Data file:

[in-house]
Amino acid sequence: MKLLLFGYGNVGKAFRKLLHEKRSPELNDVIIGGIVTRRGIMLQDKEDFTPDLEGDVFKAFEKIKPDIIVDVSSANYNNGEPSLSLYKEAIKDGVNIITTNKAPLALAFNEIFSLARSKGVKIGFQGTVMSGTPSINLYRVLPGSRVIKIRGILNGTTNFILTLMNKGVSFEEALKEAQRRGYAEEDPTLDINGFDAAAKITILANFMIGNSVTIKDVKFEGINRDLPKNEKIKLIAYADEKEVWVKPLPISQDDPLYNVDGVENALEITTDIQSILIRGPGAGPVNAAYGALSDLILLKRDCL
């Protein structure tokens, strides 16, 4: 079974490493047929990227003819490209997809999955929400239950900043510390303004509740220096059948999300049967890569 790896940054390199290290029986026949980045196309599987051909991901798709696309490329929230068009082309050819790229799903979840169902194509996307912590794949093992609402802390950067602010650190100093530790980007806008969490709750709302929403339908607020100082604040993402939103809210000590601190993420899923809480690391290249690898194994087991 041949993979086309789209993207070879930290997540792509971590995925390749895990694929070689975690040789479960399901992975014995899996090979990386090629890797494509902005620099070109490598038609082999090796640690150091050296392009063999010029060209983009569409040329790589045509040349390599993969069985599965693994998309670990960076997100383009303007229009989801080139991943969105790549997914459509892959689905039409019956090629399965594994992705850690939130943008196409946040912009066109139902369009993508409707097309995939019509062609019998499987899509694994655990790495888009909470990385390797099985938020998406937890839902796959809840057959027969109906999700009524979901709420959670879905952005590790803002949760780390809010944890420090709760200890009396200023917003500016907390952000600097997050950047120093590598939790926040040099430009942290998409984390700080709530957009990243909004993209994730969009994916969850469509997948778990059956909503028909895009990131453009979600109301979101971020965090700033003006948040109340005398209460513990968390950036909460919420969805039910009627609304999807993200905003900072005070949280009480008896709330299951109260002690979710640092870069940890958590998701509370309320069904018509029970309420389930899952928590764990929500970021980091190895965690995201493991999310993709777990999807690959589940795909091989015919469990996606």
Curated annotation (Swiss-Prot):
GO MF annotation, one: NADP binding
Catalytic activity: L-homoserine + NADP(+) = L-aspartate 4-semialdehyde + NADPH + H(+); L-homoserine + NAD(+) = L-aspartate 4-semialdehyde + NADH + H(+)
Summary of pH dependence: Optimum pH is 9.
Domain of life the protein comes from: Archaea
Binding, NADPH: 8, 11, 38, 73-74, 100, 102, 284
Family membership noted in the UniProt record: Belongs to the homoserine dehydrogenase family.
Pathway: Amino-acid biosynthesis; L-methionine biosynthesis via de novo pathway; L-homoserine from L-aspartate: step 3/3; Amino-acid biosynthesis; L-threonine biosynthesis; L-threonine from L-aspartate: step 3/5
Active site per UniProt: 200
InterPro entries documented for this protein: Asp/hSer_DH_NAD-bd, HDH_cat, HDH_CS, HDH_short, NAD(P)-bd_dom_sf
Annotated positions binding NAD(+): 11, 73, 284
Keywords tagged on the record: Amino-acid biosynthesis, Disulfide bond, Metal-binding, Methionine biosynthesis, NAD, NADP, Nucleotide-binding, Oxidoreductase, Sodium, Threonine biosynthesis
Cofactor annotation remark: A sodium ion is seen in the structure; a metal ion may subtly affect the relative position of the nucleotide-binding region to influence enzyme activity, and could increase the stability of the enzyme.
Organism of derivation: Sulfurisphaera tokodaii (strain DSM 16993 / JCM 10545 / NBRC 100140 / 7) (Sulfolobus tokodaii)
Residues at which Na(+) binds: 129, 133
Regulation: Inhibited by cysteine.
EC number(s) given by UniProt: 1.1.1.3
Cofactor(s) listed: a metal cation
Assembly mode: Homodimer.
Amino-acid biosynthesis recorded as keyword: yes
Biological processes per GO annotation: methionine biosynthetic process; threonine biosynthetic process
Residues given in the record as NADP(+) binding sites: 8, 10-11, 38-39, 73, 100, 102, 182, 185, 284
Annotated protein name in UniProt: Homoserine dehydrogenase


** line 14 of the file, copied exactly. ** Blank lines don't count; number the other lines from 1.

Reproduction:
Annotated positions binding NAD(+): 11, 73, 284